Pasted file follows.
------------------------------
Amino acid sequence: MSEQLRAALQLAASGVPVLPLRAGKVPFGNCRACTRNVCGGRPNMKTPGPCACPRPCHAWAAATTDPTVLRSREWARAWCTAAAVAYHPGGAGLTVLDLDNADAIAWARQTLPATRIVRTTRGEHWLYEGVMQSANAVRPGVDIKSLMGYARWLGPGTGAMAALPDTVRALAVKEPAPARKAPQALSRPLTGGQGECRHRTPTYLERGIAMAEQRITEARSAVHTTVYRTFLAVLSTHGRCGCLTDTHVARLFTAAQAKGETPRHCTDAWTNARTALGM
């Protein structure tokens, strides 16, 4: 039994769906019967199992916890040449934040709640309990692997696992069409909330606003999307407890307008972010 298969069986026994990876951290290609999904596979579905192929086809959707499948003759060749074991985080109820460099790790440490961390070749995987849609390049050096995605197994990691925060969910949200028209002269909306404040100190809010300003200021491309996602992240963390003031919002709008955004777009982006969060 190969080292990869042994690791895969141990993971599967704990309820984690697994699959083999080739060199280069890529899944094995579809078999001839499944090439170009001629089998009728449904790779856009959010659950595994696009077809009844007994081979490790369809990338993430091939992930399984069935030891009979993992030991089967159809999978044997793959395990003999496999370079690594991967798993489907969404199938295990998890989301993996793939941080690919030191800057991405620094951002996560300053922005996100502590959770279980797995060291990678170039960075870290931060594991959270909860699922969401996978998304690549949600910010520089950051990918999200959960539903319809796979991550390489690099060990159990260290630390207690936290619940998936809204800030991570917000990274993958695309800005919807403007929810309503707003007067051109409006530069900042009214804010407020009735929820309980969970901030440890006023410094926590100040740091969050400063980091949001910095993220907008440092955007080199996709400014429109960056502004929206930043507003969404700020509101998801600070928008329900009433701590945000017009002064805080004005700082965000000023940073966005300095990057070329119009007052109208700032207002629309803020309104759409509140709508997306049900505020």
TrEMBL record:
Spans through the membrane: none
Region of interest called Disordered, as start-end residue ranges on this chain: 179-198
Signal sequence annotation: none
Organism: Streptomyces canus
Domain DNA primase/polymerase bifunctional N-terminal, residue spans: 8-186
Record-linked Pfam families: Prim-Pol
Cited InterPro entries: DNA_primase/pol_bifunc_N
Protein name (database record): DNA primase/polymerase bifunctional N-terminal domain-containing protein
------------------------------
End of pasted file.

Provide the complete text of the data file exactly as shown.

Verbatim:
Amino acid sequence: MSEQLRAALQLAASGVPVLPLRAGKVPFGNCRACTRNVCGGRPNMKTPGPCACPRPCHAWAAATTDPTVLRSREWARAWCTAAAVAYHPGGAGLTVLDLDNADAIAWARQTLPATRIVRTTRGEHWLYEGVMQSANAVRPGVDIKSLMGYARWLGPGTGAMAALPDTVRALAVKEPAPARKAPQALSRPLTGGQGECRHRTPTYLERGIAMAEQRITEARSAVHTTVYRTFLAVLSTHGRCGCLTDTHVARLFTAAQAKGETPRHCTDAWTNARTALGM
């Protein structure tokens, strides 16, 4: 039994769906019967199992916890040449934040709640309990692997696992069409909330606003999307407890307008972010 298969069986026994990876951290290609999904596979579905192929086809959707499948003759060749074991985080109820460099790790440490961390070749995987849609390049050096995605197994990691925060969910949200028209002269909306404040100190809010300003200021491309996602992240963390003031919002709008955004777009982006969060 190969080292990869042994690791895969141990993971599967704990309820984690697994699959083999080739060199280069890529899944094995579809078999001839499944090439170009001629089998009728449904790779856009959010659950595994696009077809009844007994081979490790369809990338993430091939992930399984069935030891009979993992030991089967159809999978044997793959395990003999496999370079690594991967798993489907969404199938295990998890989301993996793939941080690919030191800057991405620094951002996560300053922005996100502590959770279980797995060291990678170039960075870290931060594991959270909860699922969401996978998304690549949600910010520089950051990918999200959960539903319809796979991550390489690099060990159990260290630390207690936290619940998936809204800030991570917000990274993958695309800005919807403007929810309503707003007067051109409006530069900042009214804010407020009735929820309980969970901030440890006023410094926590100040740091969050400063980091949001910095993220907008440092955007080199996709400014429109960056502004929206930043507003969404700020509101998801600070928008329900009433701590945000017009002064805080004005700082965000000023940073966005300095990057070329119009007052109208700032207002629309803020309104759409509140709508997306049900505020």
TrEMBL record:
Spans through the membrane: none
Region of interest called Disordered, as start-end residue ranges on this chain: 179-198
Signal sequence annotation: none
Organism: Streptomyces canus
Domain DNA primase/polymerase bifunctional N-terminal, residue spans: 8-186
Record-linked Pfam families: Prim-Pol
Cited InterPro entries: DNA_primase/pol_bifunc_N
Protein name (database record): DNA primase/polymerase bifunctional N-terminal domain-containing protein